Examples of the winning designs include a condom that’s composed of a combination of cow tendon and fish skin as well as a “wrapping condom” that “clings like Saran Wrap rather than squeezes.” The condom of the future might have “shape memory” or come with “pull tabs” so no one would be “confused” about which way to slip it on.
I shared the article with my friend Rick, and he readily agreed that if he’d known about such a lucrative contest, he’d have submitted a few ideas of his own.
His best, by far, was the idea of a spray-on condom. He proposed something like a cross between “Fix-a-flat” (do I really have to explain this?), and “Stop Leak.” (He said it could come in different colors for different ethnicities.)
But I was afraid his idea would increase the likelihood that what the guys in college told me would actually happen—that if they didn’t find release their entire genital region would blow up—but Rick assured me that was only one of a number of horny male myths.
Well, more power to the Gates Foundation for tackling this tender topic. The results are sure to be more effective than using Alligator Baggies… But maybe not any less funny.
The Weight Report: YES, I have successfully kept my “Stay the Course” mantra throughout the month of November. I’ve even lost a few more pounds than I’d originally set out to lose. So I was feeling pretty cocky when I decided to check out where I fit on the official Height/Weight and BMI charts.
Apparently, after losing more than 100 pounds this year, I’ve still “overweight,” and my BMI is above the acceptable range. Neither one by much, mind you, but no matter how many charts I looked at, my height/weight intersection puts me just a smidgen into the “Hello, Fatty” zone.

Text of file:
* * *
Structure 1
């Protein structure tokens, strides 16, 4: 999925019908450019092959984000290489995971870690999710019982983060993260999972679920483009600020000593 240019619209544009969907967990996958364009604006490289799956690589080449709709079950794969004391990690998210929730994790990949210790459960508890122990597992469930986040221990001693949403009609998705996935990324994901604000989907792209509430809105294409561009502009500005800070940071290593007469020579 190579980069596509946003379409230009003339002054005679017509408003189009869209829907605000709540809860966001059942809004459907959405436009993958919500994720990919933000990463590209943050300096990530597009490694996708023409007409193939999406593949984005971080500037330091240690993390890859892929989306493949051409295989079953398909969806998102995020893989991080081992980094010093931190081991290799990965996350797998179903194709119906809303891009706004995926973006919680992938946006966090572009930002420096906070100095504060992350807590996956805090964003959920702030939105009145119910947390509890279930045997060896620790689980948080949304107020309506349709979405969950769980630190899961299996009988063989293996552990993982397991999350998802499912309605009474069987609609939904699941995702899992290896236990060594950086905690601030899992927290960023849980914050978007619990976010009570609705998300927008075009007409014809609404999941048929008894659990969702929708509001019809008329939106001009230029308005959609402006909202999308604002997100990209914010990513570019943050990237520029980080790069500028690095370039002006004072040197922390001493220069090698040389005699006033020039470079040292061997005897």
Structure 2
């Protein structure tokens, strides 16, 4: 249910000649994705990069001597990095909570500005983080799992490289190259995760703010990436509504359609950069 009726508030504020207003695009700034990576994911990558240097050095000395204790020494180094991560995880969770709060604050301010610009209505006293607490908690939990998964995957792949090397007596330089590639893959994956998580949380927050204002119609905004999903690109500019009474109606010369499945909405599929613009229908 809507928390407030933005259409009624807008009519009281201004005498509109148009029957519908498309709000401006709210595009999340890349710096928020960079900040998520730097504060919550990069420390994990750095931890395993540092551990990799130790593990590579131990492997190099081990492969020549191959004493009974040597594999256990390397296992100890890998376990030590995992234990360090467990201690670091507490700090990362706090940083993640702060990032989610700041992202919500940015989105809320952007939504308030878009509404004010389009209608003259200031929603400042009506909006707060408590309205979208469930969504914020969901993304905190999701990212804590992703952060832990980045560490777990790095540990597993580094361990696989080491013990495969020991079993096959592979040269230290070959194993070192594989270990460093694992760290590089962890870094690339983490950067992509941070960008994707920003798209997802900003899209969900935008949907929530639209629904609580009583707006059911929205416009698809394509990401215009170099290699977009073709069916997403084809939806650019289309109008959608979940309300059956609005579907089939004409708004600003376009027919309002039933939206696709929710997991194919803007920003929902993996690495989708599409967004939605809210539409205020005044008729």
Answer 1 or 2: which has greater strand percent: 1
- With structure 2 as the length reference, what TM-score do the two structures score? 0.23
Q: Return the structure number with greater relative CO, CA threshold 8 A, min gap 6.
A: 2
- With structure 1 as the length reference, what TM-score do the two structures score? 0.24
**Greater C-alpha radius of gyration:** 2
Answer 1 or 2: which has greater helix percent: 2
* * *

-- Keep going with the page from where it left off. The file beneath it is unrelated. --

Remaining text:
What a pisser!
Nevertheless, I’m thrilled, delighted, and totally grateful for the transformation that has occurred with my physical body this year. I’m no longer wearing clothes with an “X” or two on the size tag, and I can climb plenty of stairs without huffing and puffing.
My Knee Doc is surprised and happy that when the time eventually comes for replacement surgery, I won’t be such an “at risk” patient. From my point of view, I believe I just postponed the whole thing for at least another decade.
So here we are, nestled between Thanksgiving and Christmas, when the “average” person gains seven to nine pounds. I used to joke that I’ve always been “above average,” but this year, I’m aiming to be an underachiever.